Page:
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occurred within the diocese of the Bishop of Salisbury it was resolved that the cause should be undertaken by that prelate, Robert Bingham. Repairing therefore to Devizes Castle, he solemnly adjured the guilty parties to redress the wrong committed, by replacing the fugitive within the pale of sanctuary, or to suffer the Church's penalty on incorrigible wrong-doers. The Governor was deaf to all solicitations, and the Bishop having pronounced a sentence of excommunication upon the whole garrison quitted the castle for London. The prelates then in a body carried their cause before the King, and were so far successful as to obtain an order directing Hubert to be reconveyed into St. John's Church; though Henry at the same time sent the following secret despatch to the Sheriff of Wilts.
“It is commanded to the Sheriff of Wilts that as he loves his own body, he be at Devizes in propriâ personâ with the posse comitatus on Wednesday the morrow of St. Luke the Evangelist in the early morning, and by keeping Hubert de Burgh within the church of St. John both day and night, to prevent his escape by any means. Dated at Westminster 15 Oct. 17th Henry III.”
He also dispatched two of his Justices Ralph de Bray and Ralph de Norwich, to offer to the prisoner either a fair hearing in the King's court in accordance with the conditions of his imprisonment, or a pass to quit the realm for life; but in case of his refusal to accept either, then the Sheriff's men were to guard the church and cemetery with all diligence.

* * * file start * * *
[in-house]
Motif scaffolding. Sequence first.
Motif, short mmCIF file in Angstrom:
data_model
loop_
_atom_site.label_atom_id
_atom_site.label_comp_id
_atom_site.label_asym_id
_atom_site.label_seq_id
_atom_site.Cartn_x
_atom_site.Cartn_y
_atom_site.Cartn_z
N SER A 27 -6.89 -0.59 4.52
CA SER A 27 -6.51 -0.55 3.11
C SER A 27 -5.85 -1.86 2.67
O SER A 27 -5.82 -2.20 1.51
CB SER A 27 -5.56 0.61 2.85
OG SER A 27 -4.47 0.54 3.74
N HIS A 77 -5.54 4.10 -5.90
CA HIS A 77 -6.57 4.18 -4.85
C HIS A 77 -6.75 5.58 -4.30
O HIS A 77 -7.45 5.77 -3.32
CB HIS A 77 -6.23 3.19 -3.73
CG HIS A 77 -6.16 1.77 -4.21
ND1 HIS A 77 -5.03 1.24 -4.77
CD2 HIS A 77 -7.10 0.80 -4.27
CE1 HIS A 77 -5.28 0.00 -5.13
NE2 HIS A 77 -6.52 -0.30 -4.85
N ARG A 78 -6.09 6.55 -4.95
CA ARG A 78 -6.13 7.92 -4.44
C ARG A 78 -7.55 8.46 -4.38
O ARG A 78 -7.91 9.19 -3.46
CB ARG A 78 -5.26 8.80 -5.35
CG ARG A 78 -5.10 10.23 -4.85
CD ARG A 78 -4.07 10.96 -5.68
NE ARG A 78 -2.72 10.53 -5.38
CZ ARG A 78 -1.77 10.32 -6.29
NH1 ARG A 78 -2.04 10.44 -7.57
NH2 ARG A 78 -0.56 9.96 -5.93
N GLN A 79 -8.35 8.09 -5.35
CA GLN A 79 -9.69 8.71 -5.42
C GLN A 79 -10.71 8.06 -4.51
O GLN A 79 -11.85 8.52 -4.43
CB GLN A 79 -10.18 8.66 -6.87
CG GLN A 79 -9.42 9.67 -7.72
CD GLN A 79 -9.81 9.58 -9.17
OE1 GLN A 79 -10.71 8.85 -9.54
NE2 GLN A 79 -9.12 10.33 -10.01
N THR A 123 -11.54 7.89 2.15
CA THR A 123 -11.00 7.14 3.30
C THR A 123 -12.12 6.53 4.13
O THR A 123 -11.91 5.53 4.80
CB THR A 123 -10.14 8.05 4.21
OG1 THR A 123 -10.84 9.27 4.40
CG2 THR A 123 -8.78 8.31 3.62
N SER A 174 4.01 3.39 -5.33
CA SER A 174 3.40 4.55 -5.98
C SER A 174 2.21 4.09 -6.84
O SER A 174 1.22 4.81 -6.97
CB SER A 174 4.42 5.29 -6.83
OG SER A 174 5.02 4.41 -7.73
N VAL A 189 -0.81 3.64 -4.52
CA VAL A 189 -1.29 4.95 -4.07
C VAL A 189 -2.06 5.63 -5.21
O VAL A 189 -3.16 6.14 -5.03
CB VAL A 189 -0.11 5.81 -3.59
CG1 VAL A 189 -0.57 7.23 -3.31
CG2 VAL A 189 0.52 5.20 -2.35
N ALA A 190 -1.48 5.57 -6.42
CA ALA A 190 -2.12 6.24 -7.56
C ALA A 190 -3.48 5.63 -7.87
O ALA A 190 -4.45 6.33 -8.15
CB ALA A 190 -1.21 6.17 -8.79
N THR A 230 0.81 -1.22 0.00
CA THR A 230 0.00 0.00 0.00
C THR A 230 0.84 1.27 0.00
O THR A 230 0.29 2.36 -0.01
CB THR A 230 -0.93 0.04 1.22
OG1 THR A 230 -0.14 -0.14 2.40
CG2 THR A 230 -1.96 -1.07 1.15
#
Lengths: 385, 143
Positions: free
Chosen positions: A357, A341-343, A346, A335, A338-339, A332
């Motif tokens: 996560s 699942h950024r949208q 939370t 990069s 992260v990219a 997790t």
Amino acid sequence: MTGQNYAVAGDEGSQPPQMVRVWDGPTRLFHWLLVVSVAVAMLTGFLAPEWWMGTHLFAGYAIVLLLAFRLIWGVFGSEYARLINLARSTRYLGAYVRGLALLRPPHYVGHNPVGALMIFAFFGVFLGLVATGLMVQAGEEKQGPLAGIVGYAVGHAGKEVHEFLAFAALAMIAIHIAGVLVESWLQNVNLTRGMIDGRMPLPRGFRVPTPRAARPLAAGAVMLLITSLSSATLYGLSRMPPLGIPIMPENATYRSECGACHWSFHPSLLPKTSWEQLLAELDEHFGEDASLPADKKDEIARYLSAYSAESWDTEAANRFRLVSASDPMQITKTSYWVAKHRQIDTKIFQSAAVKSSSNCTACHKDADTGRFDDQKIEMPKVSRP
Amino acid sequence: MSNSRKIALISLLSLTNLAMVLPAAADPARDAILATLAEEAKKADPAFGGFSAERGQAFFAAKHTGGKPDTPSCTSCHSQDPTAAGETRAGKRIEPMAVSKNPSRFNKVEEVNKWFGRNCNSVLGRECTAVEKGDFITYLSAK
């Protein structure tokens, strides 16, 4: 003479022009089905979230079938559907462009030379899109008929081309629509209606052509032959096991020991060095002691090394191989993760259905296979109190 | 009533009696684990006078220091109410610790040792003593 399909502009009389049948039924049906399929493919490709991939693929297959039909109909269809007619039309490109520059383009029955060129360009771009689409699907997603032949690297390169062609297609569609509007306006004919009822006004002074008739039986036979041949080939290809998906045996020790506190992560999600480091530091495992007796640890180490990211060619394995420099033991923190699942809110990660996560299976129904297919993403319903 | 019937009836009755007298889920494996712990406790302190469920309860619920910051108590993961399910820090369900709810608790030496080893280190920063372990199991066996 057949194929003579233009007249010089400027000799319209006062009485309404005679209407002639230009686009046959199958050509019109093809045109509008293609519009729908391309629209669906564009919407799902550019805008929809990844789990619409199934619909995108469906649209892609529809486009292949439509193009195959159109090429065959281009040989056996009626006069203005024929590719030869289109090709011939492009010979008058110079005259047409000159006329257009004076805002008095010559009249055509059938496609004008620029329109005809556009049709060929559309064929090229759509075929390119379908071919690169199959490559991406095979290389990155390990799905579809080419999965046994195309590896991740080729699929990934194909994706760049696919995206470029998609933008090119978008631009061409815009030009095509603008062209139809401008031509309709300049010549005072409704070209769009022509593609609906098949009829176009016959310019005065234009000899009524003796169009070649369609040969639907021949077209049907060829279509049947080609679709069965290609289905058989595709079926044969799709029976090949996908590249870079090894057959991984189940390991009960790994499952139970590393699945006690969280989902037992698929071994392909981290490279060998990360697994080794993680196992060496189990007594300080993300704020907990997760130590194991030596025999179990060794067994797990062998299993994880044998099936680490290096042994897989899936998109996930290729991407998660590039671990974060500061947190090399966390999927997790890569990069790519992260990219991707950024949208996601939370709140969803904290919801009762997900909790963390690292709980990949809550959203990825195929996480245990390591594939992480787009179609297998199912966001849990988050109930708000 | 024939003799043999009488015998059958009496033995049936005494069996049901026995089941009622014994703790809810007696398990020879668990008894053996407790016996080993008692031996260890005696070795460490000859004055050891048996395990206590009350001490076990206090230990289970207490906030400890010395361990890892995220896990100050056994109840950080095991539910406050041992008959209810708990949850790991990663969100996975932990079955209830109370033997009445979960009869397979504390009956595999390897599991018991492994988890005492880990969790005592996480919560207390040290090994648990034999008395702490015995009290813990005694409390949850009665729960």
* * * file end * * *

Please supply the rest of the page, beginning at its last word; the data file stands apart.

But the disordered state of the country rendered all these precautions unavailing. Hubert was carried back to his sanctuary and the church was instantly environed to prevent his exit; but assistance was nearer at hand than his enemies
1 The nominal Sheriff at this time pears both before and after these was Ela Countess of Salisbury. Her events. See Jackson's List, Wiltexecutive deputy may have been shire Magazine. " John the Dane” whose name ap
looked for. On the very morrow after his restoration, a troop of Pembroke's adherents, headed by Gilbert Bassett, suddenly burst into the churchyard, scattered the Sheriff's posse comitatus, and drew the shivering prisoner forth from his living sepulchre. His shackles they swiftly knocked from his limbs, then seating him on a mailed steed, bore him off in triumph to the mountains of Wales.